In August. 1968 a group of eight men banded together and formed a “Fire District Organizing Committee.” They took this action after receiving the support of a majority of the residents who lived in the North Highlands section of Cold Spring to form a Fire District. The residents of the North Highlands had the choice of continuing to receive fire protection service from an established Fire Company but at an increased cost or of forming a Fire District which in turn would permit the establishment of its own fire company. The advantages to the community of having its own fire company to provide fire protection service were particularly appealing, Thus it was the Organizing Committee which consisted of Joseph De Gelormo, Joseph Dragicevich, Edward Engelbride, William Flaherty, Harold Lynt, Edward Matthews, Roben Romano, Paul Van Valkenberg, undertook a task the completion of which would require the expenditure of many, many hours of hard work, perseverance in the face of almost insurmountable obstacles and a teacious, unyielding will to succeed. Fortunately, these eight men with the unstinting assistance of a host of other people in the community were more than equal to the task. The eventual legal establishment of the Philipstown North Highlands Fire District was, at least in the minds of these men, a foregone conclusion. A venture of these proportions is fraught with a maze of legal requirements and the Organizing Committee in September 1969 retained the firm of Van DeWater & Van DeWater of Poughkeepsie as legal counsel. This tireless group of “organizers”, with the endurance of its counsel now began their journey down a road which, unknown to them, contained so many detours that less intrepid travelers would have given up long before their destination was reached, before success was achieved.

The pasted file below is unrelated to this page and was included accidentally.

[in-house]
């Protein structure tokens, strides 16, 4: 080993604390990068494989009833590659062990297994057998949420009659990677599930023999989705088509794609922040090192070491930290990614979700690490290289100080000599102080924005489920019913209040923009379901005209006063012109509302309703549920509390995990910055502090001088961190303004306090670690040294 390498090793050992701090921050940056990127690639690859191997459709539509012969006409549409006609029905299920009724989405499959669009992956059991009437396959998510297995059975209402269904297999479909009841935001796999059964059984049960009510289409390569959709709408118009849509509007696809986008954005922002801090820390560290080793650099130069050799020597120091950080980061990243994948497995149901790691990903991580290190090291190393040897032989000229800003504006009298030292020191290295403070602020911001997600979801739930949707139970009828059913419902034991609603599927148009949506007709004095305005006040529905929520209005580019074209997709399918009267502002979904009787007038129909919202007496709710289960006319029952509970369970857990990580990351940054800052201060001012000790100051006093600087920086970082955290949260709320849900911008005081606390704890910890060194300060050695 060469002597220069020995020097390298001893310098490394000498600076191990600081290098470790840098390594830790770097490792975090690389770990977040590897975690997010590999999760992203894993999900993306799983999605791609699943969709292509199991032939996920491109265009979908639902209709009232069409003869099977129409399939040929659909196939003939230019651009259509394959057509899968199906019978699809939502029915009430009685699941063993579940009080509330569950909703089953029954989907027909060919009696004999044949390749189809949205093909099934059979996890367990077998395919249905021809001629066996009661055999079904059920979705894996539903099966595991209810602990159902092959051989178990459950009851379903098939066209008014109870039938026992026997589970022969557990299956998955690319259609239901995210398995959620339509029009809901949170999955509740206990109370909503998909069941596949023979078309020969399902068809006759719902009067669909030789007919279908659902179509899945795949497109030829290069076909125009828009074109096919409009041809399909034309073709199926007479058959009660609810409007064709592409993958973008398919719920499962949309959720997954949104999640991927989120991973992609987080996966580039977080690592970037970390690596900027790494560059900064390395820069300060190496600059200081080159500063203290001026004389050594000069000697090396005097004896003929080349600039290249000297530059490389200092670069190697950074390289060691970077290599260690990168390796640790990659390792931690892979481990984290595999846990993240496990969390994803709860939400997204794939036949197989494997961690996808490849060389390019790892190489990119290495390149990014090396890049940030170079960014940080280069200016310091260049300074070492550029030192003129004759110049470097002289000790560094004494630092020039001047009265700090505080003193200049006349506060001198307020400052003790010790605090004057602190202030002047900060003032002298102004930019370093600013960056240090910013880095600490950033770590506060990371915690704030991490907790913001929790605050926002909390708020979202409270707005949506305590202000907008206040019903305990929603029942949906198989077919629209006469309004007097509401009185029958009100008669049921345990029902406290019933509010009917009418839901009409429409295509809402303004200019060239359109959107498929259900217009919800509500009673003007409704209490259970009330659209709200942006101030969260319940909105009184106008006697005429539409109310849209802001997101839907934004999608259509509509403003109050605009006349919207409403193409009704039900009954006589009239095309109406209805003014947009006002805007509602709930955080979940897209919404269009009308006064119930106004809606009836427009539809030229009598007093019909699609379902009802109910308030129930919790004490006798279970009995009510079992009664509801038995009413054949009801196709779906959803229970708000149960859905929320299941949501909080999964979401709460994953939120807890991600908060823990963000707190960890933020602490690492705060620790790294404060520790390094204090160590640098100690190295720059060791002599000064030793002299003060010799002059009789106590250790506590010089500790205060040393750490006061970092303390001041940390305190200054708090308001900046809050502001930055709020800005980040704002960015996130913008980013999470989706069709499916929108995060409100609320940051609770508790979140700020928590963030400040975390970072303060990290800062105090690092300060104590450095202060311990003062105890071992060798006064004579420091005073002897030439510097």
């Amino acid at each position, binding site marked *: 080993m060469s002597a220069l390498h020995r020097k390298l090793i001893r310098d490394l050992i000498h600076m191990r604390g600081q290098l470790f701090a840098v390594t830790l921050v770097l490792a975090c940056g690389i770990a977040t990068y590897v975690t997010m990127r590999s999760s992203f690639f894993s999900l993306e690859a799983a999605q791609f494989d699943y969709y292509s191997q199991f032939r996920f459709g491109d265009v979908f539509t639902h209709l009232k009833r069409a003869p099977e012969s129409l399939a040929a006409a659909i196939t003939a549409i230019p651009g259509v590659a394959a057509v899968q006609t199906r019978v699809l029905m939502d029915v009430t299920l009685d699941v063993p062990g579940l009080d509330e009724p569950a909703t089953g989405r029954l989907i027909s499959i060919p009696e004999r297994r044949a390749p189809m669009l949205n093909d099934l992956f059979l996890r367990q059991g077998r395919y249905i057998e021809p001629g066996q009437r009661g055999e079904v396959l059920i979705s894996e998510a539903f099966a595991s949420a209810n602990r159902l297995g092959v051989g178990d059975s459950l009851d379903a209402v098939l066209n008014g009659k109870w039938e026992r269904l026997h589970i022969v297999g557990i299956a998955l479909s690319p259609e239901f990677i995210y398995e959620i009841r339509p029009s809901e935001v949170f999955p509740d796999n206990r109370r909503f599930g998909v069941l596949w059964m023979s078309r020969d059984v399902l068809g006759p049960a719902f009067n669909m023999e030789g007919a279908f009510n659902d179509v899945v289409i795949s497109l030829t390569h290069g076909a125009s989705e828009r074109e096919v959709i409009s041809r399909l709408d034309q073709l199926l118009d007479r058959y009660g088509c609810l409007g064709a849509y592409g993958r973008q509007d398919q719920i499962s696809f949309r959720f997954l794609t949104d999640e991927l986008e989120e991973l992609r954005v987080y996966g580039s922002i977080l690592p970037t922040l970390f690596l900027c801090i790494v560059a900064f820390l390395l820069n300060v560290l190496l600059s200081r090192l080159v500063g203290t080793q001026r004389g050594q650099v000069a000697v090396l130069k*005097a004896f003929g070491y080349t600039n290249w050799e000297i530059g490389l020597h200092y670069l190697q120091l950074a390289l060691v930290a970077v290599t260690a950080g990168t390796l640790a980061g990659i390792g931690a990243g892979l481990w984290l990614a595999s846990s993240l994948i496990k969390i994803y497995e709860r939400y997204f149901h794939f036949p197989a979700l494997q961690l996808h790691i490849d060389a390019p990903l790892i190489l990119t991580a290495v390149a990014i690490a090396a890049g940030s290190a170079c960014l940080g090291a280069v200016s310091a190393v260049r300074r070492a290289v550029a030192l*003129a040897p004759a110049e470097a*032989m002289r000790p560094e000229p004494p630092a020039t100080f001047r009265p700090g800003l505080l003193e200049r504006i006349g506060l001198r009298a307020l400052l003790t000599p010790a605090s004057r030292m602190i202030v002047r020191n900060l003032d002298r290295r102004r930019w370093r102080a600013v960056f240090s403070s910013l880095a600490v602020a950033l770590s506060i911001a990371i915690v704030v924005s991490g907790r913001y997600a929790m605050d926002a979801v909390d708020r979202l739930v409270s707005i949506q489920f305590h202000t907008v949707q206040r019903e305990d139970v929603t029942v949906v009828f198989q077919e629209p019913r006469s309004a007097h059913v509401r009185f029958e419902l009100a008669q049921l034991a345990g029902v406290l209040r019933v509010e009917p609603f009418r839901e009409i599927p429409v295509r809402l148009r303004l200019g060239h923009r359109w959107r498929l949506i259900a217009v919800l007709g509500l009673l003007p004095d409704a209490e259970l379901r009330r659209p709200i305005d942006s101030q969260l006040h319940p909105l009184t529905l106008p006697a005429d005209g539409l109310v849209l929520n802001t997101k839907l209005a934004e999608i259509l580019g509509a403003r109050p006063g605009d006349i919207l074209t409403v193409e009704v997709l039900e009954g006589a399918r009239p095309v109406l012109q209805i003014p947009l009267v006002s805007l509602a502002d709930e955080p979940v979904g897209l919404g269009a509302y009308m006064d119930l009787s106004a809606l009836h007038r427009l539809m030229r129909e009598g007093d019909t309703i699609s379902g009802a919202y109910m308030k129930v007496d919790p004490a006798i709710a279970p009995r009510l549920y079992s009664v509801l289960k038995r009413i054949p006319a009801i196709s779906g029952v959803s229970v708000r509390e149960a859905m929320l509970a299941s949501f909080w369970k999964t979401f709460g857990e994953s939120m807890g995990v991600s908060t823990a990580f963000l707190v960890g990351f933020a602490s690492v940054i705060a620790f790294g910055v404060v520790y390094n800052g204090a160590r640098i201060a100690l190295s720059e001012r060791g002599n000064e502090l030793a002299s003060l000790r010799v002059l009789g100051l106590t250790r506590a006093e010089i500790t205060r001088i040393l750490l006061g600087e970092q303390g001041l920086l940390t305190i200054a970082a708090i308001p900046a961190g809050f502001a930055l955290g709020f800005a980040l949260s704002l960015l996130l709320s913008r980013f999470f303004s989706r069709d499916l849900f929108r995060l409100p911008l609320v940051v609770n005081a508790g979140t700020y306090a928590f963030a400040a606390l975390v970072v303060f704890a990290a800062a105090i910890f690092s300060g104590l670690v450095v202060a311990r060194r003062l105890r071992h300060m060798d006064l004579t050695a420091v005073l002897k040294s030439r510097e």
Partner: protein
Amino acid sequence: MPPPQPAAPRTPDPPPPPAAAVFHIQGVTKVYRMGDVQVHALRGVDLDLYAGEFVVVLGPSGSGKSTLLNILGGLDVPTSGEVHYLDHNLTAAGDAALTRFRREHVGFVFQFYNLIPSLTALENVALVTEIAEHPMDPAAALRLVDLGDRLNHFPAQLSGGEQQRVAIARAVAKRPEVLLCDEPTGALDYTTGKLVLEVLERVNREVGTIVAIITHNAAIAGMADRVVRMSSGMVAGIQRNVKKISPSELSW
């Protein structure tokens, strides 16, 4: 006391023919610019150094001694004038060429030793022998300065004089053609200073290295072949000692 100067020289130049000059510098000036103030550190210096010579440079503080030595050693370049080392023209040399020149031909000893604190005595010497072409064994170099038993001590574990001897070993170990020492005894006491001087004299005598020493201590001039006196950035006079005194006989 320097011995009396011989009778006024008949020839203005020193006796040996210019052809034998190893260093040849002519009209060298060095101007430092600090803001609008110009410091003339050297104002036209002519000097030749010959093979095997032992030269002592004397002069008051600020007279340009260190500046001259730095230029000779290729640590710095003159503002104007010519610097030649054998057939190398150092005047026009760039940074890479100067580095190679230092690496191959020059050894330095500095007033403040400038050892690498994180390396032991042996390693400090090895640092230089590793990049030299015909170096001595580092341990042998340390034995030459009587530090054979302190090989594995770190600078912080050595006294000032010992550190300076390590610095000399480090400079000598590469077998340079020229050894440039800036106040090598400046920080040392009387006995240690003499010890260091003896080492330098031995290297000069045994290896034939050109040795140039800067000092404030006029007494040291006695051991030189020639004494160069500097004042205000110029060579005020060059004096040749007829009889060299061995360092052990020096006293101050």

Countless strategy meetings were held by the Organizing Committee between September and December, 1968. Finally, the strategy was translated to tactics and the next tactic to be employed was the procurement of petitions from community residents who owned property which would be at least equal to 50% of the assessed valuation of all of the real property in the proposed fire district. With an elan as yet unsurpassed in any similar endeavor and to the lasting amazement of many, the Organizing Committee, now ably assisted by a continually growing number of equally determined men, garnered valid signatures of residents in excess of 71% of the assessed valuation of all of the real property in the proposed District. This was no mean feat; however, the men involved would rather recall some of the more humorous incidents which occurred during the period from December, 1968 to May, 1969 when the petitions were being sought than recount some of the less pleasant incidents which they encountered.